/PRNewswire / -- As climate bill negotiations reach their apex this week, Members of Congress, religious and military leaders are intensifying their efforts to ensure the legislation prioritizes the most vulnerable at home and abroad. Bolstered by the results of a new national poll that shows strong support among key religious groups for action on climate change and its impact on the most vulnerable, U.S. Reps. Heath Shuler and Tom Perriello joined religious and military leaders today to discuss the importance of these principles and announce a new radio and email campaign pressing this message in key districts across America.
"The climate bill provides us with the unique opportunity of answering the call to be good stewards of creation in a way that will not only create jobs and make our nation safer, but will also allow us to care for the least of these among us," said Congressman Heath Shuler (D-NC). "It is not often that Congress has the ability to accomplish all of this in one bill, and I am grateful for the ability to work alongside leaders in the faith and military communities to ensure that these values are reflected in the final bill."
"Addressing climate change is not just a matter of national security and sound economic policy, but a moral duty to care for God's creation and to care for the needs of those who are contributing the least to climate change but bearing the brunt of its burden," said Congressman Tom Perriello (D-VA). "We need to ensure that this legislation fairly addresses the burden on low- and middle-income families, especially at a time when millions of Americans are out of work."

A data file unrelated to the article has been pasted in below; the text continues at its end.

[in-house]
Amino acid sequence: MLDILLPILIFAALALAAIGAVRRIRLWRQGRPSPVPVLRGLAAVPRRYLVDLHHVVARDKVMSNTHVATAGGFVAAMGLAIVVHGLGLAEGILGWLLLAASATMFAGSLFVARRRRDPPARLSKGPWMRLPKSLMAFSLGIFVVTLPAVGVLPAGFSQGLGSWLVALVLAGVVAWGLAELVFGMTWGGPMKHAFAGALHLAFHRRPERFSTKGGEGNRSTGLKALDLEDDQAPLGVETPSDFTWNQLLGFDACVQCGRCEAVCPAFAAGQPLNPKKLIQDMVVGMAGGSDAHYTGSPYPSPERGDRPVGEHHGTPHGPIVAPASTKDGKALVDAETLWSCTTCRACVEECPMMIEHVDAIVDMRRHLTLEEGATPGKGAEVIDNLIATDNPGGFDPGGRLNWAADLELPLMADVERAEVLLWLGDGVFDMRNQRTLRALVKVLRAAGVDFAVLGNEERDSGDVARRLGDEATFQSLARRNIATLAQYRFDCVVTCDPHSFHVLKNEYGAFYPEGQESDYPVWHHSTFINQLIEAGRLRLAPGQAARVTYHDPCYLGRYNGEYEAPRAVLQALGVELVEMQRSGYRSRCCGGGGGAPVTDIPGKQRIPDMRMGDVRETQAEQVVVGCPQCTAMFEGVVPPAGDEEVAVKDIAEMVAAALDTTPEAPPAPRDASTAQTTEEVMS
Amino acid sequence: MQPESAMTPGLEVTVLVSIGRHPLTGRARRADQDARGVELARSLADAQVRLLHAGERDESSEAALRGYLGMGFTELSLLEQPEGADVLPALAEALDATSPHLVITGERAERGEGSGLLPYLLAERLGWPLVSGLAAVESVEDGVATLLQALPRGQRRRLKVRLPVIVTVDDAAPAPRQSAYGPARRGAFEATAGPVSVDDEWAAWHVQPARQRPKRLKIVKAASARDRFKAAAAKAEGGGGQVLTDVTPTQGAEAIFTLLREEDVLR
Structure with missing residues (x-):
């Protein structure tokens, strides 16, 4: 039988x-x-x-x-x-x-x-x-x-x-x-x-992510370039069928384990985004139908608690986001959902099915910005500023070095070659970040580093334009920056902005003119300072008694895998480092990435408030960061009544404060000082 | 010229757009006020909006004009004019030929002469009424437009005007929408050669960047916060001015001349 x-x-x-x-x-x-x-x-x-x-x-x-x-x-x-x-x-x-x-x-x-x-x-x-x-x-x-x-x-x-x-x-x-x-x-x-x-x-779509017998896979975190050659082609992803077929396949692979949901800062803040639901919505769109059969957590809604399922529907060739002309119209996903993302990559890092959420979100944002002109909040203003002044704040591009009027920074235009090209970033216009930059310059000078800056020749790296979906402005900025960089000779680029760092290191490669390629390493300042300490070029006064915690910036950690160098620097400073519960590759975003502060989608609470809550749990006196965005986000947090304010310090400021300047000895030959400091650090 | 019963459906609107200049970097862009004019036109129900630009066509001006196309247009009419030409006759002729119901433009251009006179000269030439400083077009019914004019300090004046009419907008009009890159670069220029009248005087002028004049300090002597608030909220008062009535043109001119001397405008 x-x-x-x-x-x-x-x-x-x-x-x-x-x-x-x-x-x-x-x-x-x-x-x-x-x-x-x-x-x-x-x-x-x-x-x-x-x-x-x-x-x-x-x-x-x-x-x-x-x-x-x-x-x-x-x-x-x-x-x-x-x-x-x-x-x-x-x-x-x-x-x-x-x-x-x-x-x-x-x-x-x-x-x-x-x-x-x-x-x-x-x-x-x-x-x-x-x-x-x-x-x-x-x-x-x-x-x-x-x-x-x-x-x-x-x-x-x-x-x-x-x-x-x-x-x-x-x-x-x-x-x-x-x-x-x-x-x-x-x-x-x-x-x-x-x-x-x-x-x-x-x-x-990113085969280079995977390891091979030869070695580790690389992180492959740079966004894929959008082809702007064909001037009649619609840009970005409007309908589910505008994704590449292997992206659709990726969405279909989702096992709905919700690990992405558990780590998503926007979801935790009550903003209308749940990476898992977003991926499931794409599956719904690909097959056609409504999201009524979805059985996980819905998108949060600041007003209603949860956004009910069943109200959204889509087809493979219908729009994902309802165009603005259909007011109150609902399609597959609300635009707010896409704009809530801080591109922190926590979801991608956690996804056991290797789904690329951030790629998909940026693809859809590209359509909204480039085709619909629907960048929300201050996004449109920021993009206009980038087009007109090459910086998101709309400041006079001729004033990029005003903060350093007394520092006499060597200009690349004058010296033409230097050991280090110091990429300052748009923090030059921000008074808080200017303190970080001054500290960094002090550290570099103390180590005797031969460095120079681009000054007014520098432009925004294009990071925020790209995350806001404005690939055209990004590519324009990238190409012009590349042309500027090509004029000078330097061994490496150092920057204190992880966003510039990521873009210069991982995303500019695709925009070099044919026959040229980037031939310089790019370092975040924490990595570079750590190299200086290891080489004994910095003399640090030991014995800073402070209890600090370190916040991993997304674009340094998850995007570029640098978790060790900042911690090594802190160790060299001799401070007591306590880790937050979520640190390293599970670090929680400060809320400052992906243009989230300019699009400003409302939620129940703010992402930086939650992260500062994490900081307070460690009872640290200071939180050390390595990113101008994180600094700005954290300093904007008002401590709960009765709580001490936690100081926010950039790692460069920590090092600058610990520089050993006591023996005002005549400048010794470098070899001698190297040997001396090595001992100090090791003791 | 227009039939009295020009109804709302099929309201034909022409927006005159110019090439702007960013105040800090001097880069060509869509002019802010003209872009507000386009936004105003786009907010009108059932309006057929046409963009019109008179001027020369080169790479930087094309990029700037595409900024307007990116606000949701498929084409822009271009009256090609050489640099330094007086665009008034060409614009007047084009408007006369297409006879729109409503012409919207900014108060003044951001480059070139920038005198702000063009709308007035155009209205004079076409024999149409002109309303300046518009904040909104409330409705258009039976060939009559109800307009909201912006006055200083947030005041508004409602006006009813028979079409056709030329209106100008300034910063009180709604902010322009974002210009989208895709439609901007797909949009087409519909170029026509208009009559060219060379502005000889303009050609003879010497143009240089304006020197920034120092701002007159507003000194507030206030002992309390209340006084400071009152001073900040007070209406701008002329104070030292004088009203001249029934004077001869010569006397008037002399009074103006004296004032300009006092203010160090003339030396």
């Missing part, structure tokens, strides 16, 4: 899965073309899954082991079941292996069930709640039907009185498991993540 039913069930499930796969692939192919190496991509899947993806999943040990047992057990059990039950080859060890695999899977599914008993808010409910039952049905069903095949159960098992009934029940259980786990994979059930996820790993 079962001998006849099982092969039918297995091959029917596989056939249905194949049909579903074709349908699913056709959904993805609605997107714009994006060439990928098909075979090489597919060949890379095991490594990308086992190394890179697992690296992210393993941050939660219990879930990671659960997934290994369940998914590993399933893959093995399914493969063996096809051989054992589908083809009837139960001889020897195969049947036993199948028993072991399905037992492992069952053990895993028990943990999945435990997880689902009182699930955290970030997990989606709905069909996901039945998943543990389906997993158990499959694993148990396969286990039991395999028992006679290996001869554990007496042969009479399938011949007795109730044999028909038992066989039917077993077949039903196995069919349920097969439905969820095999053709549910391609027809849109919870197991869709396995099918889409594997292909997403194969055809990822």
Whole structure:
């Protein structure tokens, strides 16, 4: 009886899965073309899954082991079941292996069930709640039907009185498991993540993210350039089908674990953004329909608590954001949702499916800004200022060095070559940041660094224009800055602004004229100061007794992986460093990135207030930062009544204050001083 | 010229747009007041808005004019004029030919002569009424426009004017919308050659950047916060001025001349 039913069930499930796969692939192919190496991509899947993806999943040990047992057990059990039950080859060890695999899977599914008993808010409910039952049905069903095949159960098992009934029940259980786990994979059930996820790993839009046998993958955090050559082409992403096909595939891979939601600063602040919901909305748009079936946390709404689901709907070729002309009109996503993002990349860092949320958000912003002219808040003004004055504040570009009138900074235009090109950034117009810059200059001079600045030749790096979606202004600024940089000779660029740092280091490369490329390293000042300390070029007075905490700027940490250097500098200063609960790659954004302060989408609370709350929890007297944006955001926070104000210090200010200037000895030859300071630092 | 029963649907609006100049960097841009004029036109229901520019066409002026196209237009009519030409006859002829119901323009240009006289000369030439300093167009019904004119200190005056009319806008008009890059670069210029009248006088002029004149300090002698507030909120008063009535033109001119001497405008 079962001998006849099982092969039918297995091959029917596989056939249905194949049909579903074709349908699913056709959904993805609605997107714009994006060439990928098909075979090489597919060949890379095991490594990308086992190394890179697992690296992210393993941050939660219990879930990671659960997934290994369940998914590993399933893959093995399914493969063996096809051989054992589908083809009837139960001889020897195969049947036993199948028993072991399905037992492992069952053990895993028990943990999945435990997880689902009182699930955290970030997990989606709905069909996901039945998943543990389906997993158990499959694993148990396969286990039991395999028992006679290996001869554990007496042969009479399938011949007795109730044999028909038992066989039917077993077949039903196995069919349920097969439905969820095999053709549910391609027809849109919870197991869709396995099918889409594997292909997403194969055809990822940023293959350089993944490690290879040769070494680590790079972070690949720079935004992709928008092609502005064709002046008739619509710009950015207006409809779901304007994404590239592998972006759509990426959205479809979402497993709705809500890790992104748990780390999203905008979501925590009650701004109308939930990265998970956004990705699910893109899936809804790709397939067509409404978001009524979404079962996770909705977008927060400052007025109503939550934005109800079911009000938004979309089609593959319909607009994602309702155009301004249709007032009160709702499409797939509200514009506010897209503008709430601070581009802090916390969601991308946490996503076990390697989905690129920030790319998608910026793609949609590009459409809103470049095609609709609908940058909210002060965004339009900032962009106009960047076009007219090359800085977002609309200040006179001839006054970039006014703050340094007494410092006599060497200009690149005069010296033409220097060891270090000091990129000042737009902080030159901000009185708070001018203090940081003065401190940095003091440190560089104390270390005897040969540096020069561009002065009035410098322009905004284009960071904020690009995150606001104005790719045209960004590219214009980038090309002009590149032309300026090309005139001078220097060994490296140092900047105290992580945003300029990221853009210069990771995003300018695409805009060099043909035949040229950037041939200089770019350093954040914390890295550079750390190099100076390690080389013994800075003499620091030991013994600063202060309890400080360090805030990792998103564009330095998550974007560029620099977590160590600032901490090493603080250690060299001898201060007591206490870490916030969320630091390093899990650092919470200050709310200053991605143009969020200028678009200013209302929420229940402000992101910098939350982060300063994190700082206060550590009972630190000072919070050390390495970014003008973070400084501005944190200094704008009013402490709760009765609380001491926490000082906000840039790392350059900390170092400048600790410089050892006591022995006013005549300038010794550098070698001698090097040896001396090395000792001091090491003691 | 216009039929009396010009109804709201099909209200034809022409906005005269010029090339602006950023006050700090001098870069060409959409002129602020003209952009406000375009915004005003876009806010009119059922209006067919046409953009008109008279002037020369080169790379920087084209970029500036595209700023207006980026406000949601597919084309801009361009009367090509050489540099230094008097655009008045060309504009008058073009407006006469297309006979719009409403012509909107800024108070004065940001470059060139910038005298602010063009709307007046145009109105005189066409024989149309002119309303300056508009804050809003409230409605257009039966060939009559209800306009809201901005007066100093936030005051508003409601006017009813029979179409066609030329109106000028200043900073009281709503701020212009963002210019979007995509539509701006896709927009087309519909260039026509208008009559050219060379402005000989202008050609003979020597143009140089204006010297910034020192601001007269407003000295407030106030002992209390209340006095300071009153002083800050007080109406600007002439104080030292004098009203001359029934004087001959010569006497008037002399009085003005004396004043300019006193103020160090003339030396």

According to the new national survey, sponsored by Faith in Public Life and Oxfam America and conducted by Public Religion Research:
-- Majorities of Americans, including majorities of Catholics and
Evangelicals, believe dealing with climate change now will create new
jobs and help avoid more serious economic problems in the future.
-- Nearly 7-in-10 (69%) Americans and similar numbers of Catholics and
Evangelicals agree that climate change is making it harder for the
world's poorest people to support their families.
-- Approximately three-quarters of the general public and similar numbers
of Catholics and Evangelicals favor helping the world's poorest people
adapt to food and water shortages caused by rising global
The new media campaign, beginning today, includes ads on Christian radio at saturation levels in key districts in GA, FL, NC, MS, AL, LA, VA, OH and emails to over 5.3 million evangelicals and Catholics in GA, FL, AL, and NC. The campaign, sponsored by the faith-based nonprofit American Values Network, is designed to demonstrate that the faith and military communities will stand behind and encourage undecided Members to support a climate bill that protects the most vulnerable and makes America more secure. (Listen to the ad here: http://americanvaluesnetwork.org/climate/ad)